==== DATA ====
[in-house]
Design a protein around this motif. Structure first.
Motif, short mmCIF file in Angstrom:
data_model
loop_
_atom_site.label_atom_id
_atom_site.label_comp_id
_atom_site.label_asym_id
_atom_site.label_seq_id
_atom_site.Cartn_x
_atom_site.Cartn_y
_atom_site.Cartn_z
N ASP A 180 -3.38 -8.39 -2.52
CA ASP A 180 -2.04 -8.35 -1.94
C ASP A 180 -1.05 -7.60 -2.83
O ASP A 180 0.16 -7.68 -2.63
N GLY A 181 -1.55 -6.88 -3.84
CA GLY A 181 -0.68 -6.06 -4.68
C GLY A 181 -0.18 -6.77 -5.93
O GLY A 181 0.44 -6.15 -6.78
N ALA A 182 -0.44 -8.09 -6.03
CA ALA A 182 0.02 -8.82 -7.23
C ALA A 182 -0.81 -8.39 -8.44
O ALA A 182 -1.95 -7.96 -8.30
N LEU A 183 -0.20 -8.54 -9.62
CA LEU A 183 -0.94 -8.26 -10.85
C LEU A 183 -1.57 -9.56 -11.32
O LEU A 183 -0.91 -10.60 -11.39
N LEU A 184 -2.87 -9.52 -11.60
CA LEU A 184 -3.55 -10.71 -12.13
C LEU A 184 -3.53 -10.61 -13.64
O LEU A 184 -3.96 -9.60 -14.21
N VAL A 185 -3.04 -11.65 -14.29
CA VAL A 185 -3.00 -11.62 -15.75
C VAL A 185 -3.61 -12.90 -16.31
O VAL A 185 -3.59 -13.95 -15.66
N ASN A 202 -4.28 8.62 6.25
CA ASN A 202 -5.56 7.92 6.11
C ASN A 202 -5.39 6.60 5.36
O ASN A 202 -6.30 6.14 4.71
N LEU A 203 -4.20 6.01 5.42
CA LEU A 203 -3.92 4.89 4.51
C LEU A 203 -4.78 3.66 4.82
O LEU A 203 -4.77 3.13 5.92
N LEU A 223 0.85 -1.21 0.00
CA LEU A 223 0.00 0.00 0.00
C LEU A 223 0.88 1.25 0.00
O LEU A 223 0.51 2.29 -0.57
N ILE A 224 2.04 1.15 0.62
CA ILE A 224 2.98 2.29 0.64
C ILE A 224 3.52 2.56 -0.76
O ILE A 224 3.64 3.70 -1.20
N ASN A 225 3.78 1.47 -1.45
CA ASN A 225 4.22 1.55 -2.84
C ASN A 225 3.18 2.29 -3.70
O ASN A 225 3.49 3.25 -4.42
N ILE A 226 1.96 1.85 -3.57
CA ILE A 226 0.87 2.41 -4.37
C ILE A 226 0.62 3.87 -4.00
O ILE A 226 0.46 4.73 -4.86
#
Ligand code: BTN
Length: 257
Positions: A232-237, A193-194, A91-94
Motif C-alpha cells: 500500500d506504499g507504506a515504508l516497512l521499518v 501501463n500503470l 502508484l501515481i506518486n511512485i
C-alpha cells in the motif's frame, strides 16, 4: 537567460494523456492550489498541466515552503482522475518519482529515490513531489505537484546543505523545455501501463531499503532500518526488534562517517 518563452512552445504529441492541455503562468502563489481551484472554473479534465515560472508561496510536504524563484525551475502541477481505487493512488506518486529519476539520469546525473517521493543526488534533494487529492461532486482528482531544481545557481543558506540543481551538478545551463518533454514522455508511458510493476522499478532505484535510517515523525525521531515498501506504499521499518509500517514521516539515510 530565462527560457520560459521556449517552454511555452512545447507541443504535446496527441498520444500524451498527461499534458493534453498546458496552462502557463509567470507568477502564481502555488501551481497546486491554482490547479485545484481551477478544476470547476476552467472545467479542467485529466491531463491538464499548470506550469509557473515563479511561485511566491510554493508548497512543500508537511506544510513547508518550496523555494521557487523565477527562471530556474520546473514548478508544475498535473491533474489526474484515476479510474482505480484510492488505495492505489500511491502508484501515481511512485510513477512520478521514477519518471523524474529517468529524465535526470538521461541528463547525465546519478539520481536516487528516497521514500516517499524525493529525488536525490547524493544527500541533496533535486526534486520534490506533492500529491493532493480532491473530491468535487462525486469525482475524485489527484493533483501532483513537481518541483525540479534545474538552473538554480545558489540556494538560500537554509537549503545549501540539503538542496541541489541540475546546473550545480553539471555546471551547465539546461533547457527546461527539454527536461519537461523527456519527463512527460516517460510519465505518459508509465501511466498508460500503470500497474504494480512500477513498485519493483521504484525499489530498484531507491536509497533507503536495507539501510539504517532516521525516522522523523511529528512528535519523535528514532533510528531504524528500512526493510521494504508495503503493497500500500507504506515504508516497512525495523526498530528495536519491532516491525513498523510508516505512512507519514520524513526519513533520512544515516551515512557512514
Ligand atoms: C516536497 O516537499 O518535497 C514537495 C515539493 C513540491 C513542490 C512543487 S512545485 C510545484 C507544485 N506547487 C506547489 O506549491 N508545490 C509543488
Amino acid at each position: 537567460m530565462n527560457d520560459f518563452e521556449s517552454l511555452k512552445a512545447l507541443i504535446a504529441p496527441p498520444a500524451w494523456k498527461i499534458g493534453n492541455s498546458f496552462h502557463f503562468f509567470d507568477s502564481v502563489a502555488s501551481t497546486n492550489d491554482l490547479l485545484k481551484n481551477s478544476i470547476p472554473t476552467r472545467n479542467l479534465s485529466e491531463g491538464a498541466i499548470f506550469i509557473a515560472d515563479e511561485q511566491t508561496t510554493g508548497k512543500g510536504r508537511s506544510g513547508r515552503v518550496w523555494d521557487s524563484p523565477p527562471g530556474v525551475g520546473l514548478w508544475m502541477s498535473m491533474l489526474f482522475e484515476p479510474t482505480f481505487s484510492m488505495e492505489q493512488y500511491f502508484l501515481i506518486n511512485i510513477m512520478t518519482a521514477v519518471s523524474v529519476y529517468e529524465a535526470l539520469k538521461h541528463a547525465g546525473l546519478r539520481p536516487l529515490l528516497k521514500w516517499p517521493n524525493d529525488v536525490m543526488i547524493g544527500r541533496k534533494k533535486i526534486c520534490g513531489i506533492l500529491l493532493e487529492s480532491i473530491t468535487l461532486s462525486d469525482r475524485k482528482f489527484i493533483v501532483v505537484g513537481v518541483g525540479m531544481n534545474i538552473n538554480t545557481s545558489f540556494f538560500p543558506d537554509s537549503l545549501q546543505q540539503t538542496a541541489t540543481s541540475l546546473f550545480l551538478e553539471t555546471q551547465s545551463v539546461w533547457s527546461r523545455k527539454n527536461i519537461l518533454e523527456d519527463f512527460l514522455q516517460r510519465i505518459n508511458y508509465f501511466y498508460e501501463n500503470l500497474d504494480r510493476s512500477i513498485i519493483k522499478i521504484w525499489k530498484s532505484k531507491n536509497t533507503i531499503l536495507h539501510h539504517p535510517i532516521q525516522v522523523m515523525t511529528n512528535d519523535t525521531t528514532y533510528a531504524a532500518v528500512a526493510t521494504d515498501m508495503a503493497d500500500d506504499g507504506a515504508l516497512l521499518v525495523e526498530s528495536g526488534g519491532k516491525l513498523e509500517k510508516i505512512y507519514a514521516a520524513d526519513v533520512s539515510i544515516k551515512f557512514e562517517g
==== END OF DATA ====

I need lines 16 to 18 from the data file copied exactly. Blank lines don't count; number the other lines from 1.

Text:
O ASP A 180 0.16 -7.68 -2.63
N GLY A 181 -1.55 -6.88 -3.84
CA GLY A 181 -0.68 -6.06 -4.68